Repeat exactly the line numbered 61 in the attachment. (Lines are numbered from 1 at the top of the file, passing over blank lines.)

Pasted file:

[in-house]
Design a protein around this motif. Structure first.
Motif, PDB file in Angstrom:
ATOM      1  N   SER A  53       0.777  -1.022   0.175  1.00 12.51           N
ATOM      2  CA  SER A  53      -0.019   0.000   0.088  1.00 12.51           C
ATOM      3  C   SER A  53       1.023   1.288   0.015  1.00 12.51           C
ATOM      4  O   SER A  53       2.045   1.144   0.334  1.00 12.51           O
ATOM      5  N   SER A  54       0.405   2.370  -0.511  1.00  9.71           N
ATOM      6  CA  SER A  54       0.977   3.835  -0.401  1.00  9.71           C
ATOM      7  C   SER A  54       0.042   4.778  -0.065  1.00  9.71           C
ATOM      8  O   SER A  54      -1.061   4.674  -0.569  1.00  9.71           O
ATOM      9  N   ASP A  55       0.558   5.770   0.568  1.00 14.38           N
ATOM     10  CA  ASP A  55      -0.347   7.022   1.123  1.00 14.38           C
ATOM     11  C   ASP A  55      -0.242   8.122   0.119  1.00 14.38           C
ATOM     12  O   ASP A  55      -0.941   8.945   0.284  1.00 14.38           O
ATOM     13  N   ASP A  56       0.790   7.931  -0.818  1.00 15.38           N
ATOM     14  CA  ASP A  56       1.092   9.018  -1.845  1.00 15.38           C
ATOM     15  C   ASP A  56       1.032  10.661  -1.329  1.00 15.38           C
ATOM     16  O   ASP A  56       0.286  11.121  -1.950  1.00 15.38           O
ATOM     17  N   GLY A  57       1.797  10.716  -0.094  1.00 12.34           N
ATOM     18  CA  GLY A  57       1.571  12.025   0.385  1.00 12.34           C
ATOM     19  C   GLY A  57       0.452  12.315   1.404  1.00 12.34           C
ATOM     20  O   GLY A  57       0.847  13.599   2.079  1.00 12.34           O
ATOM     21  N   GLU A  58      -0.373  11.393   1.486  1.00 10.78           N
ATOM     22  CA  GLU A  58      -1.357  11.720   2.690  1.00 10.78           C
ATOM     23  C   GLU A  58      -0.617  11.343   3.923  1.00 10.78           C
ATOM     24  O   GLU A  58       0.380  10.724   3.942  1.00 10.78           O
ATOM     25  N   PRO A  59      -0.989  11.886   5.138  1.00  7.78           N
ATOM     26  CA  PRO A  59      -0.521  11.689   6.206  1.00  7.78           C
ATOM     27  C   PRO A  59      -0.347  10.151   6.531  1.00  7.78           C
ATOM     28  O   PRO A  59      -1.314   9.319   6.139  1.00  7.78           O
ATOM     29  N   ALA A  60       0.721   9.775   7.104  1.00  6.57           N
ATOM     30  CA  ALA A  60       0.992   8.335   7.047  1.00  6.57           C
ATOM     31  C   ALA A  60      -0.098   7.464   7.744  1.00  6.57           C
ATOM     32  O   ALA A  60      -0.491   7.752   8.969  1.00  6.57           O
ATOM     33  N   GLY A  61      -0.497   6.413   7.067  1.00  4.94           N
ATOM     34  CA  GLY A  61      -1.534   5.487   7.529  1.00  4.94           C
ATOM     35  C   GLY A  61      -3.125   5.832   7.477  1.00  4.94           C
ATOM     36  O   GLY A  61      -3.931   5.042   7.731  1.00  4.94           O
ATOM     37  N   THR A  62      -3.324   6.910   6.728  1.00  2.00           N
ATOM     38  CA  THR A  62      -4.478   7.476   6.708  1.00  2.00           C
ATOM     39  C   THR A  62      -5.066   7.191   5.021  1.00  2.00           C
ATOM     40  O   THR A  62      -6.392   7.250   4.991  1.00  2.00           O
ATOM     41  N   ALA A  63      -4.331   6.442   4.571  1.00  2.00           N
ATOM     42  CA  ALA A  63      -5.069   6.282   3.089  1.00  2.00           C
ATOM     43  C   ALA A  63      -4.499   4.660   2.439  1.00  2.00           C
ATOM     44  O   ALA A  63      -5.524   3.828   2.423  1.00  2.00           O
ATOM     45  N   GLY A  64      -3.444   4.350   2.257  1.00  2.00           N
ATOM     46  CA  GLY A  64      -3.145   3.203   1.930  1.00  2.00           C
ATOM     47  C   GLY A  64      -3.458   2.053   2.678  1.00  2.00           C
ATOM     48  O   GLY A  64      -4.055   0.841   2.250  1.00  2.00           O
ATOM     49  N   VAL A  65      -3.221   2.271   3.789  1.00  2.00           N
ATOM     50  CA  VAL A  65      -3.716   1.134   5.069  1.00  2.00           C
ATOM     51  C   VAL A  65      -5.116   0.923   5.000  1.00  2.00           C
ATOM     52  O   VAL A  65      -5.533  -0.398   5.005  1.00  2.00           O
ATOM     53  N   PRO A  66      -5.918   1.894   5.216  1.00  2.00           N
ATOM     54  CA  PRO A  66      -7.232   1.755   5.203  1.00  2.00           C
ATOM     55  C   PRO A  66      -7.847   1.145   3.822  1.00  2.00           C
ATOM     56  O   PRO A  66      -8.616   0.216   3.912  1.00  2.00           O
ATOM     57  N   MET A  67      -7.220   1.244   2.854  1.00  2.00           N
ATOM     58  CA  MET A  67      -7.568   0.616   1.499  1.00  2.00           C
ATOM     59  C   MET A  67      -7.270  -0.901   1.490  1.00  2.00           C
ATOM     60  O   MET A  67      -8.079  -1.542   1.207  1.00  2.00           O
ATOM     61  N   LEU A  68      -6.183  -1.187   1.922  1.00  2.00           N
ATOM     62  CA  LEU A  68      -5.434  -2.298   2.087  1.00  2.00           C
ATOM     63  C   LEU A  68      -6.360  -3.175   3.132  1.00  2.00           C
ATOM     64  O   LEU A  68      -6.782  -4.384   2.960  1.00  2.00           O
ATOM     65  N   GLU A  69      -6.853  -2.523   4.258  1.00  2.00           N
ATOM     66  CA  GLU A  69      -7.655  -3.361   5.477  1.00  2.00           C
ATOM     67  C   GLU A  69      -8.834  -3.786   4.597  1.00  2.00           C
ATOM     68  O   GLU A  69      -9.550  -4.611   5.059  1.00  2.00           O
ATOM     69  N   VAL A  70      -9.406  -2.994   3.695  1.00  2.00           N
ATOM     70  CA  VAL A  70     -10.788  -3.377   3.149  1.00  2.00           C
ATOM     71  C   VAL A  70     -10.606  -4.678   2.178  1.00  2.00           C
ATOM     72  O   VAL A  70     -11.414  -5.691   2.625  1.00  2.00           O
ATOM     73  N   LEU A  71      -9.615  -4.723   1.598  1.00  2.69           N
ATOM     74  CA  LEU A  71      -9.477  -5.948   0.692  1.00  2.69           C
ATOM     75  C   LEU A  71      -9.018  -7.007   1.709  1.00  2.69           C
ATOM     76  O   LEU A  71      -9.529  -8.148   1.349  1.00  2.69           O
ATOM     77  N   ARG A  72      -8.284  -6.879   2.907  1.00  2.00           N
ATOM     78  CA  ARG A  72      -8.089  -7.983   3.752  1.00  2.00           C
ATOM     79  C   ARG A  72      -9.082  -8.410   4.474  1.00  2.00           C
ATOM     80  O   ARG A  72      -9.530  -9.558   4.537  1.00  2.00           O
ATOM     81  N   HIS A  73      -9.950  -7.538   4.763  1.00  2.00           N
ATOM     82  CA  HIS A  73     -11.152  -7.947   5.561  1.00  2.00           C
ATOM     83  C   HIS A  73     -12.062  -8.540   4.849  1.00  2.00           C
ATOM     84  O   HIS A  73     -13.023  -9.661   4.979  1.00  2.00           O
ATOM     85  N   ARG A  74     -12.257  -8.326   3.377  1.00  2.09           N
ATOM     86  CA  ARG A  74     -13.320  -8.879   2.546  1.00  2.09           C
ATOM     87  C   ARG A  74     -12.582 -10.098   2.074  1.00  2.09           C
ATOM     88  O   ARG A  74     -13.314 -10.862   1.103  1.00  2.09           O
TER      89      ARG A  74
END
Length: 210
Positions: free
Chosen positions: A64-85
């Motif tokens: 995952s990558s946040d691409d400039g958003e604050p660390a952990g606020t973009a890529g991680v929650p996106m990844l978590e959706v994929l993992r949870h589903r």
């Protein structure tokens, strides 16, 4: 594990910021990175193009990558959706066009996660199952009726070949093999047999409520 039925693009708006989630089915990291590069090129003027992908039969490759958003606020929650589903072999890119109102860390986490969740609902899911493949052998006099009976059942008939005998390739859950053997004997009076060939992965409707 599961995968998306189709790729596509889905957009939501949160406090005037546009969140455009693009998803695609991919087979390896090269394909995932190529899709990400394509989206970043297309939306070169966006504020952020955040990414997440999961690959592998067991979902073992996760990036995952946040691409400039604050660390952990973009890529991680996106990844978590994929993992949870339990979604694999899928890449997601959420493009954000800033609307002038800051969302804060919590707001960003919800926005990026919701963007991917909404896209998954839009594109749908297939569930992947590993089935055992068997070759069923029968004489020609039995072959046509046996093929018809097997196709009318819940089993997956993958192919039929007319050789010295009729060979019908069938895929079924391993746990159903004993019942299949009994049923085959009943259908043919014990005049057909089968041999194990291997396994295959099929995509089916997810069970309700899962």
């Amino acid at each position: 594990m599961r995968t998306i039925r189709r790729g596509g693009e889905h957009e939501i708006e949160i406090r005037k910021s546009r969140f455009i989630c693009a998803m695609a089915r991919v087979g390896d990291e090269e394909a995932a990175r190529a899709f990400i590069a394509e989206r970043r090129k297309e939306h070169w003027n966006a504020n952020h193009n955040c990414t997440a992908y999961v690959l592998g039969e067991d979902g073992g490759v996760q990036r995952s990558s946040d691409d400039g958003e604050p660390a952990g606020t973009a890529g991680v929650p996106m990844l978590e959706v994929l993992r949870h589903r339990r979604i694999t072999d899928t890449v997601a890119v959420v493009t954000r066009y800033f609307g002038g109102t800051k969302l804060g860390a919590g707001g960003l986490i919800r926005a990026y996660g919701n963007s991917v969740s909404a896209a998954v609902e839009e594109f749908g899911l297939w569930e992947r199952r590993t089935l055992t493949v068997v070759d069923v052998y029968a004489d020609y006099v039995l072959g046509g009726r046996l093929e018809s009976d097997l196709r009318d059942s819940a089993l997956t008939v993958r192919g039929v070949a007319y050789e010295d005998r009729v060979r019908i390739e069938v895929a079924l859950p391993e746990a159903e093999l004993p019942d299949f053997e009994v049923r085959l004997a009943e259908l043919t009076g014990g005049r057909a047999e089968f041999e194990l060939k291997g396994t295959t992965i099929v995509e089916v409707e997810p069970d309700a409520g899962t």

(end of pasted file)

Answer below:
ATOM     58  CA  MET A  67      -7.568   0.616   1.499  1.00  2.00           C